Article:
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Discussion Starter #8
Thank you for the input. Will look into all these things too and report back.
 

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1985 Yamaha Virago 1000
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Keep 87 in that thing it can barely burn that cold start as it is, 91 will be ALOT more difficult to get it to start on. Also owned a vstar and never ever had to worry bout gapping the plugs... Hell I still never had to gap spark plugs. Your spark plugs are definitely shot based off the pictures, and a lot more carbon on there then you want, it should be a light brown color with minimal black at the tip. But you said you have no spark so you pretty much just found your problem, I grabbed this photo from my book of knowledge just for you, maybe it will help.
62432
 

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Discussion Starter #10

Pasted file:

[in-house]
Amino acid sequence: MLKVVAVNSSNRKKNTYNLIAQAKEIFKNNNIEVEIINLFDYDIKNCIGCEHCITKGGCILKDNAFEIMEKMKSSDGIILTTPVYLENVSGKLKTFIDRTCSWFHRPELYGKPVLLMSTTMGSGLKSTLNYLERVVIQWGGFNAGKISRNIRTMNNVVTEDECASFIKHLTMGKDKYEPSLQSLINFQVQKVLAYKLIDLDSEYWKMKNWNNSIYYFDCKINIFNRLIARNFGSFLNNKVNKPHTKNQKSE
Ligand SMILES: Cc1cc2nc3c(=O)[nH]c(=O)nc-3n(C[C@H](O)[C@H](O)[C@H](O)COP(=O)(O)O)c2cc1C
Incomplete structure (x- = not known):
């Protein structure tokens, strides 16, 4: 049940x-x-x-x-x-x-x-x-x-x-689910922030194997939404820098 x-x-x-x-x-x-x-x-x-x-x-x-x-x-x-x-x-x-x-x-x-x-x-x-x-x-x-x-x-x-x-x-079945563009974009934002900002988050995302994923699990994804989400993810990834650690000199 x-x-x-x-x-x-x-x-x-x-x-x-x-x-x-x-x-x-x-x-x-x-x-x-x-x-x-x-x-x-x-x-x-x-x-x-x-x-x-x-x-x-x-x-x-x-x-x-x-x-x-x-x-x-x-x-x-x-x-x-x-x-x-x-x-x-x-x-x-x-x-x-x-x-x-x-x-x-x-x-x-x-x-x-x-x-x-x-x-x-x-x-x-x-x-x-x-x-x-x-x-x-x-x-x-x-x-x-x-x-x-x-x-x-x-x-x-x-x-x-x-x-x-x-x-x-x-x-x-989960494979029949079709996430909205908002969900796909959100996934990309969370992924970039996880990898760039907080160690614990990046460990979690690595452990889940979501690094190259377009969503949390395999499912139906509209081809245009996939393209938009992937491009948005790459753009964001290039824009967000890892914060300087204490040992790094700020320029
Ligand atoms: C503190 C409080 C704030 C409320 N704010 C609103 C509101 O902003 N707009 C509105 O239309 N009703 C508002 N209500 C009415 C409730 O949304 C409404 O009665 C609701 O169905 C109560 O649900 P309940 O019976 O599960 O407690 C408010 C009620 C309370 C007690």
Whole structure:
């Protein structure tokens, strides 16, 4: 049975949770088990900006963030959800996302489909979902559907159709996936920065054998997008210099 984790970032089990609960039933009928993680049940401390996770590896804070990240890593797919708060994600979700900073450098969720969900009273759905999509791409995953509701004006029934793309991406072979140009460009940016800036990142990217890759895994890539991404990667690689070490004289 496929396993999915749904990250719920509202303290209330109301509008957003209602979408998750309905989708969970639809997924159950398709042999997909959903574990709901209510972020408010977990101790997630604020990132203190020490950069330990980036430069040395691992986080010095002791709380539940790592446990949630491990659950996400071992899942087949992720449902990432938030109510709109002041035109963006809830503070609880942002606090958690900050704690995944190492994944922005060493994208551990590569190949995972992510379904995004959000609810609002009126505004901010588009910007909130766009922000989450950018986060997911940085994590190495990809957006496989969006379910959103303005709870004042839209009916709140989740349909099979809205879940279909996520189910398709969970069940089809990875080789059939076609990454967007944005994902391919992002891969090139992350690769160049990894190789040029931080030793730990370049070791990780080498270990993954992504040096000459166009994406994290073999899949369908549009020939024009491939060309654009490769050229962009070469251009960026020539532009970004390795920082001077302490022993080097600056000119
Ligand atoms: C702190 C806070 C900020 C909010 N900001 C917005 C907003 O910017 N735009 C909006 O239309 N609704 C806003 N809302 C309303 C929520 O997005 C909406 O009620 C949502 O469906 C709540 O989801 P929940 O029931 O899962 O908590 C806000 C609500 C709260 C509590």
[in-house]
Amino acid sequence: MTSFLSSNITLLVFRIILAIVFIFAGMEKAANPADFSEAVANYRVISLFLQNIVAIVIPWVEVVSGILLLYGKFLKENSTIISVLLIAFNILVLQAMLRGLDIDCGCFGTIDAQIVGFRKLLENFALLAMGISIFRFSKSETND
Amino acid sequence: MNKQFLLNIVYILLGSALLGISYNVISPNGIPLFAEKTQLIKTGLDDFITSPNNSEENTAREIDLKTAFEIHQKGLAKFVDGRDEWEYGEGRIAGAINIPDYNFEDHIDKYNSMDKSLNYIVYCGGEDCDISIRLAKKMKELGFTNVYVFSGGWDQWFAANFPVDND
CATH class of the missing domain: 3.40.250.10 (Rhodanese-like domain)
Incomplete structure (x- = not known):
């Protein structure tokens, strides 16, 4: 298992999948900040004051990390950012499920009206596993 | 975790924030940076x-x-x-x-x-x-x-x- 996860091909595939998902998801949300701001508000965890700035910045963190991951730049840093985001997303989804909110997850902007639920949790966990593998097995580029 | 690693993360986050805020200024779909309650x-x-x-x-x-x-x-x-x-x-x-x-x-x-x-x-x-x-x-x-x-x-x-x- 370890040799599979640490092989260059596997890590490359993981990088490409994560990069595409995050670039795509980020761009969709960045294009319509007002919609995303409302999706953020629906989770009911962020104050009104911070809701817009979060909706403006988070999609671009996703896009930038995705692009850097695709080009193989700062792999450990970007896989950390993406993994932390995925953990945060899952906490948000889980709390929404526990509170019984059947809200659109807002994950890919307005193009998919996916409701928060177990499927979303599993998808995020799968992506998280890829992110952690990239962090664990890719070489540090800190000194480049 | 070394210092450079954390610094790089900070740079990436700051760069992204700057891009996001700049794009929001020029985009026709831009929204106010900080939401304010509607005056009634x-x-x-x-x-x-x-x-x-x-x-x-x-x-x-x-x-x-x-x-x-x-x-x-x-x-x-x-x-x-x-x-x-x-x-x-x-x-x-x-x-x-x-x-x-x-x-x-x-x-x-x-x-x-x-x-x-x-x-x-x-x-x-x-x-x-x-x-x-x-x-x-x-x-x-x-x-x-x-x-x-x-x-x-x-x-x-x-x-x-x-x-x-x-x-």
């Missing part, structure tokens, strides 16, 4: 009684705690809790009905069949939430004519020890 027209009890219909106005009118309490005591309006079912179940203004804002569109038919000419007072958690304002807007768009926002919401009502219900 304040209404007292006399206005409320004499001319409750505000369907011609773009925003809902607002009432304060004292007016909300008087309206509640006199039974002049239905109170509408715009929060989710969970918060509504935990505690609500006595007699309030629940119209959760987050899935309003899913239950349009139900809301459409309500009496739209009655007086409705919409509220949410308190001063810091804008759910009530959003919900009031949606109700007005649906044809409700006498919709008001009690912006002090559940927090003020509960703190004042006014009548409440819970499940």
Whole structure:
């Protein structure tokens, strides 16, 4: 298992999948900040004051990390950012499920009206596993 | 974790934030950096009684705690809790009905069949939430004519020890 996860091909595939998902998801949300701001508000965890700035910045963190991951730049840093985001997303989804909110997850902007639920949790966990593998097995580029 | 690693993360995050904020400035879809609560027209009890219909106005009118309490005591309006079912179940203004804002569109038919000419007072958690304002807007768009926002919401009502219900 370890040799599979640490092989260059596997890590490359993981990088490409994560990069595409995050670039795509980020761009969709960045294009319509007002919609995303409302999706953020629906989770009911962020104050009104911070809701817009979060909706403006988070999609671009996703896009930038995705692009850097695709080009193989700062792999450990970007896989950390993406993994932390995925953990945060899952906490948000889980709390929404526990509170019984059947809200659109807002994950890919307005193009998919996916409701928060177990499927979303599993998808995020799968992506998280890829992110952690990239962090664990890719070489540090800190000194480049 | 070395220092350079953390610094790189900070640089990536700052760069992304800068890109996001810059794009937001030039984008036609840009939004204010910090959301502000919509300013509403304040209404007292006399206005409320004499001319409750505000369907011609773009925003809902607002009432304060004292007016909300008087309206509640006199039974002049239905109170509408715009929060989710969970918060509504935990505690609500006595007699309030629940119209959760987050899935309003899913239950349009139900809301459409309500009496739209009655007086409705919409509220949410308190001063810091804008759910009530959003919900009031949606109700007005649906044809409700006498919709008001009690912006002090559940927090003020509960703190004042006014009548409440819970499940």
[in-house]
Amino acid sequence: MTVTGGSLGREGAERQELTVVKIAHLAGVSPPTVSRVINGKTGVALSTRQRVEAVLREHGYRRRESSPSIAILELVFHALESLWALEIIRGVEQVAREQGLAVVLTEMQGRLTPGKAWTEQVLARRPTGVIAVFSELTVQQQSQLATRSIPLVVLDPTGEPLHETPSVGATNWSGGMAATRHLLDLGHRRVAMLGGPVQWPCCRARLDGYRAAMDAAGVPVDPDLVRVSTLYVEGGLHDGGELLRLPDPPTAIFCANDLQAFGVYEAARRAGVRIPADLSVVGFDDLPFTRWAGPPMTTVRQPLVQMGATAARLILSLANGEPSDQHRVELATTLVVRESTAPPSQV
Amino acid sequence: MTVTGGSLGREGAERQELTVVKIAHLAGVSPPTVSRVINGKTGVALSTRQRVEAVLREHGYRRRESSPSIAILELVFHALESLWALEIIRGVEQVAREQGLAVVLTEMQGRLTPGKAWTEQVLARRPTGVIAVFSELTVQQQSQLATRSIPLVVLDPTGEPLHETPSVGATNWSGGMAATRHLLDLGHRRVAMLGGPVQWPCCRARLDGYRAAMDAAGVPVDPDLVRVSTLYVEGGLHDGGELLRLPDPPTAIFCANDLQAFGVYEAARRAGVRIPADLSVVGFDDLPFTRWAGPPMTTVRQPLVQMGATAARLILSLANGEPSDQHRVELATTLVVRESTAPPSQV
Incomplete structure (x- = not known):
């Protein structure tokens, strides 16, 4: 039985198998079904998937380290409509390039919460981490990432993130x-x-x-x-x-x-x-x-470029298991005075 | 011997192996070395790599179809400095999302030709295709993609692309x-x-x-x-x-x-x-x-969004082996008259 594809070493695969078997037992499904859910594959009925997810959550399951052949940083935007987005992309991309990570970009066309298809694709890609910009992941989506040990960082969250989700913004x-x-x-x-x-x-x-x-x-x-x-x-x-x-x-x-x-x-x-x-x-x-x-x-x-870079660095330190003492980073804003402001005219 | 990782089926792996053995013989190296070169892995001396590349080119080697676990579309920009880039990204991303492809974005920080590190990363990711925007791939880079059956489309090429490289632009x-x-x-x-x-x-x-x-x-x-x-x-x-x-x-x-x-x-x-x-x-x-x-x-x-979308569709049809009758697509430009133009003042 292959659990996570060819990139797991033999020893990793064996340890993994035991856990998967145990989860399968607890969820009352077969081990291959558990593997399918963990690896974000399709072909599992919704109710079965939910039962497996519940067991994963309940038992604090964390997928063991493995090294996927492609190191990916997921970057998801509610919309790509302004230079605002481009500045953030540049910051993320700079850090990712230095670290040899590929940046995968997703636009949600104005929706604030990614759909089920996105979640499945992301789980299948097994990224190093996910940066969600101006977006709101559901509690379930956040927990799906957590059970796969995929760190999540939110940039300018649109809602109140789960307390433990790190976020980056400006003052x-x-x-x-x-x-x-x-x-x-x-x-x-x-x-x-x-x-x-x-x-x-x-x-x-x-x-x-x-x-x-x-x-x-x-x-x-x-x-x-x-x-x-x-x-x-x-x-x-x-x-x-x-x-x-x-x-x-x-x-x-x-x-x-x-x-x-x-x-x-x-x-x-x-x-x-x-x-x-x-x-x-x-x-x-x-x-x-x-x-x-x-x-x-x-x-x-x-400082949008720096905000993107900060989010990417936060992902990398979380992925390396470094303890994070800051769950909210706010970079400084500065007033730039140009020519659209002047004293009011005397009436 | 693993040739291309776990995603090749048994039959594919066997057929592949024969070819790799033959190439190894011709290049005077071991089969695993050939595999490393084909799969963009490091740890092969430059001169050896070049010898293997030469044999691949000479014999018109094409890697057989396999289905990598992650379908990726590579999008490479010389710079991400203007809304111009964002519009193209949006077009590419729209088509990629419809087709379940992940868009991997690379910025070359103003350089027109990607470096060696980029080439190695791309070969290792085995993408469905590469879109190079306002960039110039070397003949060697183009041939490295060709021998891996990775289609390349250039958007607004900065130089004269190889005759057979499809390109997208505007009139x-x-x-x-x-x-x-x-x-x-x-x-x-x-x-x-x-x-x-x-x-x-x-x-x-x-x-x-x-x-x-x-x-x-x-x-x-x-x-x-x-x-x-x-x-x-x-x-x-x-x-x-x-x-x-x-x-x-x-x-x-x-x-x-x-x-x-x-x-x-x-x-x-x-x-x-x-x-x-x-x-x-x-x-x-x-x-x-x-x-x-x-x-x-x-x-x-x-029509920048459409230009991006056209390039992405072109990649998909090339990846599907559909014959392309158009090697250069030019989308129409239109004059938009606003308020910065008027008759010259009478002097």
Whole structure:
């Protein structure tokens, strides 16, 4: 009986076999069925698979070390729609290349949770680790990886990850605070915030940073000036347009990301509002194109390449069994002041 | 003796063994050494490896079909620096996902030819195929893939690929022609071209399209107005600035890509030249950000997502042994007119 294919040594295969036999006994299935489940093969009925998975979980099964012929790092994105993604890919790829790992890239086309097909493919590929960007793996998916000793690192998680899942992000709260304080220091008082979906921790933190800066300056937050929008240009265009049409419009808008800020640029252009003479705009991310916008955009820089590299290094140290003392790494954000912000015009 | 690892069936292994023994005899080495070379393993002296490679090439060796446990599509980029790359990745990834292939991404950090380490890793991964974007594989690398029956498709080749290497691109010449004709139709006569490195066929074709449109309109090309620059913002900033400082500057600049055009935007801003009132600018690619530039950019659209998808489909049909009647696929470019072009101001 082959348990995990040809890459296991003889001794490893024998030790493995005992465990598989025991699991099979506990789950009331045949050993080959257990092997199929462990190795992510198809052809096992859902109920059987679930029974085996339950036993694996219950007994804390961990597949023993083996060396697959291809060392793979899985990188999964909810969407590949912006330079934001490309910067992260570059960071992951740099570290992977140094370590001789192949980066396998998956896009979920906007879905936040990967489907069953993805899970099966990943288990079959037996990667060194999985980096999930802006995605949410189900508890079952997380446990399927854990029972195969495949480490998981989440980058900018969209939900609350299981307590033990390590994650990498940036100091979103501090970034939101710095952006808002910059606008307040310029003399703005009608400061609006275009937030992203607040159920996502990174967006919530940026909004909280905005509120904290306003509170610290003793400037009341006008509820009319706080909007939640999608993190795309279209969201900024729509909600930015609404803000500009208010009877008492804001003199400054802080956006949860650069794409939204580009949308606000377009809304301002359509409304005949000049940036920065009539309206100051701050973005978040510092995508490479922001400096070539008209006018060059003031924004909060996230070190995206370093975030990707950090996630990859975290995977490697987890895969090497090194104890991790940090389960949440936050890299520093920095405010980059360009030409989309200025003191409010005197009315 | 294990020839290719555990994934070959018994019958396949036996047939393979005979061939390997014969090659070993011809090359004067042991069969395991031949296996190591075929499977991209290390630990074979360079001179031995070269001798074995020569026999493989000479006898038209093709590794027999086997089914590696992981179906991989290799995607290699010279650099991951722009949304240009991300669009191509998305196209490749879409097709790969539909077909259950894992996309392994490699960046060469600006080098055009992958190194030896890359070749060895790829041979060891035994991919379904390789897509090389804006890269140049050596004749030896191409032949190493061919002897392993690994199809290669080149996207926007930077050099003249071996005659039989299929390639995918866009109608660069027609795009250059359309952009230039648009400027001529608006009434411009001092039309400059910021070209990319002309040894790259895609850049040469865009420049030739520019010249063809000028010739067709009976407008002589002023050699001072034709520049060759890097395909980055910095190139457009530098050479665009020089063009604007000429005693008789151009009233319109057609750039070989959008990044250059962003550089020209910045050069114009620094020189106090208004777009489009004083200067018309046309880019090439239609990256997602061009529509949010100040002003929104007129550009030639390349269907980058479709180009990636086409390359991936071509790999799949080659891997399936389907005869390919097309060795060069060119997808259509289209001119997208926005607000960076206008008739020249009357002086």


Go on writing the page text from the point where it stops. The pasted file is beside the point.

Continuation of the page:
Keep 87 in that thing it can barely burn that cold start as it is, 91 will be ALOT more difficult to get it to start on.
So, is your advice to drain the tank of the 91 octane and try it with a 1/2 gal. of 87? What about the gas in the lines?
 

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So, is your advice to drain the tank of the 91 octane and try it with a 1/2 gal. of 87? What about the gas in the lines?
Yeah i'd for sure drain that, throw in 87 and some carb cleaner, should ignite with a smallest spark. You could drain the gas lines too if you really feel like it, but mostly 87 octane and carb cleaner mixing in there should ignite just about damn anything. Oh and while you're doing all this junk, i'd throw in a new air filter too. The 650's are kinda small and get clogged quite easily.
 

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2019 Kawasaki Versys 1000 SE LT+
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If you have a spark, the octane rating won't matter. The only effect of a higher octane rating is to require a higher ignition temperature in order to prevent pre-ignition (knock or ping) on higher compression engines.